New parents, and especially mothers, are often stymied by the question of whether to stay home with young children or to continue working while forking over a significant portion of their salaries to cover child care.
A cost they often don’t count on when crunching the current family budget numbers is the loss of wages over time, says the Center for American Progress, a progressive think tank that is in favor of more affordable child care for families.
“If you’re paying more for child care than you’re earning in your paycheck, then it doesn’t make short-term economic sense for you to go to work,” said Sarah Jane Glynn, the director of women’s economic policy at CAP. “But we also know that has negative long-term consequences for families.”
CAP’s report, “Calculating the Hidden Cost of Interrupting a Career for Child Care,” includes an interactive calculator to make it easier to see those consequences. The calculator allows users to put in their current age, salary, gender, and how much time you are planning to take off to care for children. CAP is arguing that the cost of child care, if it is high enough to force one partner out of the workforce for a number of years, is actually higher than the initial price tag.
If, just say, you are a 34-year-old woman planning to take one year off to care for a child at age 35 and your current salary is about $67,000, you stand to lose a total of $162,067 in wages, wage growth and benefits (including retirement benefits) over the course of your life, CAP estimates. If you decide to stay home for longer, say 5 years, the loss grows to $717,202.
The calculator does not calculate lost savings, which might help put a child through college, or lost disposable income in the middle years, which might help send a child to summer camp. Nor does it take into account the monetary benefits that could potentially accrue to a child from getting a high-quality preschool education.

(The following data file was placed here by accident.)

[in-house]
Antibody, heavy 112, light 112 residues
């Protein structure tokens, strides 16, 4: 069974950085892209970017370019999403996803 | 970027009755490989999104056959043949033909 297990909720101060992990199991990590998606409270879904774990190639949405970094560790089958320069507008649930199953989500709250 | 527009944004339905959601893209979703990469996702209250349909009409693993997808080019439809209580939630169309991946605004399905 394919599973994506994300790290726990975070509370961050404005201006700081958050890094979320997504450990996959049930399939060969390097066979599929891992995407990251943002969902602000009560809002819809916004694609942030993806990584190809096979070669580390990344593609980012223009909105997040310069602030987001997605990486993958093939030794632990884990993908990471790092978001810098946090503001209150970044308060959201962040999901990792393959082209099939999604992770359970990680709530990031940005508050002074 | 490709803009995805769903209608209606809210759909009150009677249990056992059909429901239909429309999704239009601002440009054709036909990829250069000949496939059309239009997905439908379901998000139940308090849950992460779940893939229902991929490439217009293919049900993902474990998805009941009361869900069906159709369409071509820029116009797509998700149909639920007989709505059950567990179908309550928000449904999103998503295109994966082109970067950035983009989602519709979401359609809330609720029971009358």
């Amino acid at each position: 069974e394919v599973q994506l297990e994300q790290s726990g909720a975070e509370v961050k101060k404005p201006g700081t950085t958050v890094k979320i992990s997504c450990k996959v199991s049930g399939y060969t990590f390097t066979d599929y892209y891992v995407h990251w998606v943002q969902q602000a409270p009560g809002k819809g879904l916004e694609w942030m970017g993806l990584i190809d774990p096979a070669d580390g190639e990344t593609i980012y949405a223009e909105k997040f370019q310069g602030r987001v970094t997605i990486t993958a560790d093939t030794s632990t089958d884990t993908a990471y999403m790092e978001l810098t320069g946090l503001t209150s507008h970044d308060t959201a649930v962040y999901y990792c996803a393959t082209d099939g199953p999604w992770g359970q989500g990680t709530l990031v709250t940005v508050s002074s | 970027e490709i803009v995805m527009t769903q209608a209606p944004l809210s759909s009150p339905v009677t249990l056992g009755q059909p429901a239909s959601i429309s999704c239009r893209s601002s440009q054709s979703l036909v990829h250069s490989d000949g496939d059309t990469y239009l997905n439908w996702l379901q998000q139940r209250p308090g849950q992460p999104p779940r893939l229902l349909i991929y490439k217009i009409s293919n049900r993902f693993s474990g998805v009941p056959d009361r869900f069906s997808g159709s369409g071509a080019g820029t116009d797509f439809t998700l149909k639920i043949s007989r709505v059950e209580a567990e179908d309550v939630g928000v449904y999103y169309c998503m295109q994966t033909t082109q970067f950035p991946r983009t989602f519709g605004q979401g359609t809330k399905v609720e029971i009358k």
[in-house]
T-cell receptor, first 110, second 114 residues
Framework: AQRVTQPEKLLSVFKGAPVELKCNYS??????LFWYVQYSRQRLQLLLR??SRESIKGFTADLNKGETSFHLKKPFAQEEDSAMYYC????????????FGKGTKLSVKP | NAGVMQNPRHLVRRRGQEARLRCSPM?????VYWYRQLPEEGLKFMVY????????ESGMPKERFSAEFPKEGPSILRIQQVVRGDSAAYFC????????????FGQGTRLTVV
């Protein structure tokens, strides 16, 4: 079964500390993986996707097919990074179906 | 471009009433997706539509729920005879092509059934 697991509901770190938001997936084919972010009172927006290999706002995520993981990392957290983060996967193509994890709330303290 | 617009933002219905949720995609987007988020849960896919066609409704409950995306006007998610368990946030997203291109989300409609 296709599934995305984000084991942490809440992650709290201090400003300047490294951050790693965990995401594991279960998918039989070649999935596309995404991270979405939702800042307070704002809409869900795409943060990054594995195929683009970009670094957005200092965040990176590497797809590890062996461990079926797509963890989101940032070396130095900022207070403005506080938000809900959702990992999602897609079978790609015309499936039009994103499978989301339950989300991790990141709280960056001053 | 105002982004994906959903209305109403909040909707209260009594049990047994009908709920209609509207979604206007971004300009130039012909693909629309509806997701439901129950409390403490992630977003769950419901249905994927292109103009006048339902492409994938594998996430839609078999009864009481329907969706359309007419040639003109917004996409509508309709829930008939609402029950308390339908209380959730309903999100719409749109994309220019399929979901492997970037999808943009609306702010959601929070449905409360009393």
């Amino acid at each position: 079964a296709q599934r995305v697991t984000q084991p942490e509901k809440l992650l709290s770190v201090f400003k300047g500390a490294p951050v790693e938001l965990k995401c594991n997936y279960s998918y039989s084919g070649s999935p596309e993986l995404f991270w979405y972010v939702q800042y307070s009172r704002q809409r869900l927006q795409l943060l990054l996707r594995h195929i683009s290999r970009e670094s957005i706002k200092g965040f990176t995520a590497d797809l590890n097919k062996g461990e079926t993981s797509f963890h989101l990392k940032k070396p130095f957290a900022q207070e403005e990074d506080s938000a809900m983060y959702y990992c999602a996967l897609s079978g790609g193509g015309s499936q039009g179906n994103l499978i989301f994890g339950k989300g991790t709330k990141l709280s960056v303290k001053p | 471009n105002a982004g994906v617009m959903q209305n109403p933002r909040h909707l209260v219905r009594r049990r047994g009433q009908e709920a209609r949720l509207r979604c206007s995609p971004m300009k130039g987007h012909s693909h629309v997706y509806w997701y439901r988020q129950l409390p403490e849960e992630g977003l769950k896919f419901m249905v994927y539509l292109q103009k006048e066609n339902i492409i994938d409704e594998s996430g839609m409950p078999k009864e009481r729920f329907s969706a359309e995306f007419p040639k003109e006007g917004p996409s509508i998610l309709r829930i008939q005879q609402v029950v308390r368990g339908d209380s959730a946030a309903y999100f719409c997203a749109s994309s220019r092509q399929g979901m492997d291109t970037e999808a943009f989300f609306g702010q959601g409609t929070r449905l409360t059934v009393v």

And since that price tag averages $18,000 for two children, according to Care.com, families at nearly every step of the socioeconomic ladder are making tough decisions about whether it makes more financial sense for one partner, traditionally the woman, to be an unpaid caregiver.
Essentially, Glynn said, the lack of affordable, high-quality child care means that even solidly middle-class families lack complete free choice about whether to stay in the workforce.
“Many folks just frankly don’t have options,” Glynn said. “If you have a ton of money you can survey the field and decide what’s best for you. Most families are not making free choices about what works best for them and their children.”
To figure out your future, check out the child care calculator.
A version of this news article first appeared in the Early Years blog.